Head to Head: Microsoft Office 2010 vs Open Office 3.3

For many an office suite is just as essential as the computer it runs on. But should you continue investing in Microsoft Office or choose the free OpenOffice instead? Karl Wright gets down to business and finds out in our review.

The other stuff

That leaves us with the other stuff. Depending on which edition you choose, Microsoft Office includes Outlook, an email and Exchange client that needs no introduction; Access, a database; Publisher, a desktop publishing program and OneNote, for taking and organising notes.

One thing you don’t get with OpenOffice is an email client and contact manager such as Microsoft Outlook.

One thing you don't get with OpenOffice is an email client and contact manager such as Microsoft Outlook.

OpenOffice also has a database program simply called Base. It doesn't have an email client, a DTP program or a program for organising notes. Instead, it comes with Draw, a vector graphics program, and Math, a WYSIWYG program for working with mathematical formulae. The latter makes the suite great for universities and colleges, who tend to favour open source software more than businesses. There's now even an OpenOffice TeXeditor TeX being a typesetting system for mathematical equations - which can be downloaded and integrated with the suite for free.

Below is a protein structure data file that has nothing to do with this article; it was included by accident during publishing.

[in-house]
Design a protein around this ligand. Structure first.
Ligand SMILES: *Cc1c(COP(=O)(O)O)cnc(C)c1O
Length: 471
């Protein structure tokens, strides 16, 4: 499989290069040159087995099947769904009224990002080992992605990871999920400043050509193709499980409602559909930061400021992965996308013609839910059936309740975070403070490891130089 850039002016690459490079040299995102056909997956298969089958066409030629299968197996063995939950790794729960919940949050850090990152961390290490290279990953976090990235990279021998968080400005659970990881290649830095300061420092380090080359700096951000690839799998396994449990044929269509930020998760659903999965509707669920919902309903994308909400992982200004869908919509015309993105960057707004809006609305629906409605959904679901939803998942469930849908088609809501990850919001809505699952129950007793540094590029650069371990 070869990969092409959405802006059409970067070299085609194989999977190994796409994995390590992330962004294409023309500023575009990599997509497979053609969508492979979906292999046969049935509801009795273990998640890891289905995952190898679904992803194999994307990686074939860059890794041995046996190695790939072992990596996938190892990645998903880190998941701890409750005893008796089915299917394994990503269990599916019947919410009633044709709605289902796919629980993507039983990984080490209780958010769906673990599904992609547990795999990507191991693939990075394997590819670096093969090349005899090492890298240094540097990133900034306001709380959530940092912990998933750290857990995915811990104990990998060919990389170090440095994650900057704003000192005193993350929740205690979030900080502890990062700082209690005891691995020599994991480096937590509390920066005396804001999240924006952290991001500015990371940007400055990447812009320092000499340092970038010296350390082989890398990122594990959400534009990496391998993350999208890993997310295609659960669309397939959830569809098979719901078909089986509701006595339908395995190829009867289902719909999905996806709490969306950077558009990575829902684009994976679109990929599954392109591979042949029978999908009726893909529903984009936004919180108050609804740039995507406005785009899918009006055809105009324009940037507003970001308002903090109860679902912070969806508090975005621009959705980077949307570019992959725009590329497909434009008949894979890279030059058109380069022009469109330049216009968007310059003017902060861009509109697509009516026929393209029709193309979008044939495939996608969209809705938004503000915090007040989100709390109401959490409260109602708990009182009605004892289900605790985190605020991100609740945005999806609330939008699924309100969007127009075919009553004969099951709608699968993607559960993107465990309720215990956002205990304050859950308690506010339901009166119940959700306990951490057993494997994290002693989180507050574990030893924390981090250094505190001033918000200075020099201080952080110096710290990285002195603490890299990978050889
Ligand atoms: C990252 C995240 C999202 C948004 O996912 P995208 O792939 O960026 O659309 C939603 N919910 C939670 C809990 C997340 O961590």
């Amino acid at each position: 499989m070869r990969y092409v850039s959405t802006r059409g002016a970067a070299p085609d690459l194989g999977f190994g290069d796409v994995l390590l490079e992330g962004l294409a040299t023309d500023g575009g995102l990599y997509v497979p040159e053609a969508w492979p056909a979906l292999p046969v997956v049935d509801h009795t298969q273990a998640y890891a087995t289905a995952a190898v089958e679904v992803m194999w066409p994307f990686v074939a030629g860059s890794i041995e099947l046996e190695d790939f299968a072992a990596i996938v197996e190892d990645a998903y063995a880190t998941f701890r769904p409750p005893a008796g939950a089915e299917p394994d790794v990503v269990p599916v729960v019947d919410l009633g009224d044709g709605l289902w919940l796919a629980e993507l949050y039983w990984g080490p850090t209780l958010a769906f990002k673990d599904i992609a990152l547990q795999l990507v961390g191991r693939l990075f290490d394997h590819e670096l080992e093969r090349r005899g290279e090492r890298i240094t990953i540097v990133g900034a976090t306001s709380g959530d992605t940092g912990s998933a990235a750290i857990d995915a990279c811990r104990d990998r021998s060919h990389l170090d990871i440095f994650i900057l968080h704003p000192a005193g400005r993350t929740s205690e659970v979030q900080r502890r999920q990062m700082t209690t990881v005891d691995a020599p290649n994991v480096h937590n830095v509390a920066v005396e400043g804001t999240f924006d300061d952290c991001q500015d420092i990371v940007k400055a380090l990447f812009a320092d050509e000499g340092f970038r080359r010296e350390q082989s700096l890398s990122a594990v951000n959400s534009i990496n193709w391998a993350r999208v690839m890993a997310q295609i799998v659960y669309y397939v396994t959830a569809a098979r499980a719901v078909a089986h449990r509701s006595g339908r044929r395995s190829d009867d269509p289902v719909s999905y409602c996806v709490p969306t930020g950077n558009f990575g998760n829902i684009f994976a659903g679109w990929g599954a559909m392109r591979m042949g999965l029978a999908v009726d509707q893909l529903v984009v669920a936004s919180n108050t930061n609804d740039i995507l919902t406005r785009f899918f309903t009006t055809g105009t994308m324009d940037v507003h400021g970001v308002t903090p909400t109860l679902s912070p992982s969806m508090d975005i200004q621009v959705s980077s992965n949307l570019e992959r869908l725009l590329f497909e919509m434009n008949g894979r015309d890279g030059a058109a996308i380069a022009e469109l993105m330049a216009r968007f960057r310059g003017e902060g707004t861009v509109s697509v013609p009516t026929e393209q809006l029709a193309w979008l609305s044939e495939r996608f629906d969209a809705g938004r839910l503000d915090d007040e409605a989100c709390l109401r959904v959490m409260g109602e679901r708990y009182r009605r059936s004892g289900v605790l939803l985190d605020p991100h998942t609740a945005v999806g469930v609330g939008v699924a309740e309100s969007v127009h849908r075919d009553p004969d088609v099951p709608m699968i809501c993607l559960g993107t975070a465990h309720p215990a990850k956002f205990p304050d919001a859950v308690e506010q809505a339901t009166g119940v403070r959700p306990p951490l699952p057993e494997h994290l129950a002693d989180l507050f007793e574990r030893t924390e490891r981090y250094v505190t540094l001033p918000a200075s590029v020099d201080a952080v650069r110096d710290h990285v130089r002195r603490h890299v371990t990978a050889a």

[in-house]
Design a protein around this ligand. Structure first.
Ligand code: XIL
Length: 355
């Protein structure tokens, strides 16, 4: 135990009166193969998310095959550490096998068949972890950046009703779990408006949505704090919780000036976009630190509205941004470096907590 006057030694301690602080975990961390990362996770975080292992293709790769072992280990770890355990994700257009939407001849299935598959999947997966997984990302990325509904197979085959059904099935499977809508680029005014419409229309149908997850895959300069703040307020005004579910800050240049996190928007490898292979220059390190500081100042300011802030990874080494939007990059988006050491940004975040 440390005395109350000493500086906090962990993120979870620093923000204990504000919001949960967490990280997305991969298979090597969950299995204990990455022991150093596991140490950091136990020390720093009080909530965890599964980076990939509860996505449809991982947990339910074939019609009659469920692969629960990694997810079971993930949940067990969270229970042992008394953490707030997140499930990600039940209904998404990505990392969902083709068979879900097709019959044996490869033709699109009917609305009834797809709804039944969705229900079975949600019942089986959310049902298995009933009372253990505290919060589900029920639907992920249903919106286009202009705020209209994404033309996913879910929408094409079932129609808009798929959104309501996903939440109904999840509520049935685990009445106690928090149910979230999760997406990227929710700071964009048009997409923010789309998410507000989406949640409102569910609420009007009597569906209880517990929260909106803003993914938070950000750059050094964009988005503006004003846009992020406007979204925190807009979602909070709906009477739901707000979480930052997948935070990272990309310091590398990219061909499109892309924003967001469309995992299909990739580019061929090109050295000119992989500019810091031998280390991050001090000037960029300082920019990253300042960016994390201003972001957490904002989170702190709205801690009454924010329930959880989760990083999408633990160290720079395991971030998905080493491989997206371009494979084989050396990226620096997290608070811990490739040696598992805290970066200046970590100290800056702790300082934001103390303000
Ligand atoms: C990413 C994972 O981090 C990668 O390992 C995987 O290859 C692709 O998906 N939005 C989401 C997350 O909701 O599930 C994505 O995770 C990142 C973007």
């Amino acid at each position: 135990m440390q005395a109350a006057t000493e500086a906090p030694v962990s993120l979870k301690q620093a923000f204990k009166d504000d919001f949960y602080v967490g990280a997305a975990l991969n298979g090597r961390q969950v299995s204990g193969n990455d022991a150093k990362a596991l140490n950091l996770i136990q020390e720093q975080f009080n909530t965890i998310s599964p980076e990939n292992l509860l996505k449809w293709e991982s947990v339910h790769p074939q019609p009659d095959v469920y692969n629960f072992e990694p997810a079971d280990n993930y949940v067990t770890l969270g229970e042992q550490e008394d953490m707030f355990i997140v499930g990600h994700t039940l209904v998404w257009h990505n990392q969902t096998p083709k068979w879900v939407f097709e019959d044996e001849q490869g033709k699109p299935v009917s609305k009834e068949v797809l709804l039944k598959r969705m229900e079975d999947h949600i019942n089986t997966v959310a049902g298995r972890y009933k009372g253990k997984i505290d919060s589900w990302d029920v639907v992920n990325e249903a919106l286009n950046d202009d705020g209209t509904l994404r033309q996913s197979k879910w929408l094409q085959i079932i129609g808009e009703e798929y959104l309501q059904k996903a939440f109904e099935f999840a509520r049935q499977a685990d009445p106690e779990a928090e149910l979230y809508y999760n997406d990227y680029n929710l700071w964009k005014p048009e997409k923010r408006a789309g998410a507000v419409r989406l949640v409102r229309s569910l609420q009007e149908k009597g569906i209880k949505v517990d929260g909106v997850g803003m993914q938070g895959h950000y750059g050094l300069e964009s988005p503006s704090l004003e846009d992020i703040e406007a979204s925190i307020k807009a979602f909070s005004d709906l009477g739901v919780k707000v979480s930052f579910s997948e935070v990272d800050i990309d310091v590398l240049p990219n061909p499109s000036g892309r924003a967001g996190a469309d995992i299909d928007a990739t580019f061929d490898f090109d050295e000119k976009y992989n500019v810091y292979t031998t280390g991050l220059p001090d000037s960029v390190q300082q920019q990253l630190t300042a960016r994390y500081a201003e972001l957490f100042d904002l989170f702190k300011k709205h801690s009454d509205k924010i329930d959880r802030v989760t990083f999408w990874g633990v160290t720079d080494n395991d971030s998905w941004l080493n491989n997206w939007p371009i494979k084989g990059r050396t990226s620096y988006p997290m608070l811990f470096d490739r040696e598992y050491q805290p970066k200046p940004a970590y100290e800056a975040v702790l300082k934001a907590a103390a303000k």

OpenOffice Base, the suite's database program, is a fairly standard database front end. It lets you create tables with a primary key, create forms and so on. However, it's frustratingly bad at working with files created in other programs forcing you to copy and paste data from CSV files into the database table, rather than offering an elegant "import" function.

Like all vector drawing programs, Draw takes some getting the hang of but it isn't as bad as many. The curve tool, roughly the equivalent of the pen in Photoshop, behaves in a much more predictable way than Bezier-curve tools in many vector drawing programs. Like most similar programs, it operates using a system of layers, allowing you for instance to import a graphic, make it semi-transparent and then create a new layer so that you can easily trace it. We doubt that many professional graphic artists will be giving up Adobe Illustrator for Draw, but it's a solid tool for creating vector graphics, for instance logos or design plans, to use in Writer or Impress.

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